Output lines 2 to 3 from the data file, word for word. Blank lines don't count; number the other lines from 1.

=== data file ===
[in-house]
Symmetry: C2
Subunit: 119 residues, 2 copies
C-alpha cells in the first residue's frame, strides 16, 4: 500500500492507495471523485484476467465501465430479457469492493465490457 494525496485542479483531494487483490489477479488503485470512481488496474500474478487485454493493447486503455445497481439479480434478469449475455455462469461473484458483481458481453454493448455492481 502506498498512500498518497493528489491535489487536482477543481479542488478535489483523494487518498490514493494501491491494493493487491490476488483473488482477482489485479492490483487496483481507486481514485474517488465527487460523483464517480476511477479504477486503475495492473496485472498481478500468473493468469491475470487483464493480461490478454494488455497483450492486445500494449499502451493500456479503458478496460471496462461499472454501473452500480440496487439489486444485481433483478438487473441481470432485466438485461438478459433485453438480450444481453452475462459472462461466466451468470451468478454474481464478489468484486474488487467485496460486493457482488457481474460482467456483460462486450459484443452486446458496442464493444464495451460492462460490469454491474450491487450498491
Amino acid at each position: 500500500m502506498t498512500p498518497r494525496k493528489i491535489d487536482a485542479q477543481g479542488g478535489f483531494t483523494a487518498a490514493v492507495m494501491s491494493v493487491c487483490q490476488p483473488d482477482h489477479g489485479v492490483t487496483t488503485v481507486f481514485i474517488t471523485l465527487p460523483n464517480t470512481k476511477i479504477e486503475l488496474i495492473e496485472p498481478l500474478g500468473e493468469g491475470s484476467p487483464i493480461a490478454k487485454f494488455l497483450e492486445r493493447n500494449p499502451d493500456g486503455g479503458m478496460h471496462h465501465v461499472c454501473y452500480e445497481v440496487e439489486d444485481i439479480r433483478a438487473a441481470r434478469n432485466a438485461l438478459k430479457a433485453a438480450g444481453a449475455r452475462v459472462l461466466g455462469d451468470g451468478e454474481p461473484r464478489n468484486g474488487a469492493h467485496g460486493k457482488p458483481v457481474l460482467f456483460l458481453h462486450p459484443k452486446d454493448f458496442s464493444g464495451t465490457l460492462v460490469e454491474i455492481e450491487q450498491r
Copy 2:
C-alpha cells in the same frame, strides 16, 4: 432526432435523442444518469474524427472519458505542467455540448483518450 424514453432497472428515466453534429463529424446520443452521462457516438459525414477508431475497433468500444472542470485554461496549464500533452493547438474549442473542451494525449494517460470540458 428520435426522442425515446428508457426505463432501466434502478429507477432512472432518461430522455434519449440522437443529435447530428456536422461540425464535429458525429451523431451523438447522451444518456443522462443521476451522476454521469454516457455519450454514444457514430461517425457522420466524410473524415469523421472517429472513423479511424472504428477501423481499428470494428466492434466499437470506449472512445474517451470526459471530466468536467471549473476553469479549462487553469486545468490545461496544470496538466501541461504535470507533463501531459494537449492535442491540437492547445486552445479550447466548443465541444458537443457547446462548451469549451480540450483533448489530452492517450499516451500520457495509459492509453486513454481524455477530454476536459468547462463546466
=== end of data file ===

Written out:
Symmetry: C2
Subunit: 119 residues, 2 copies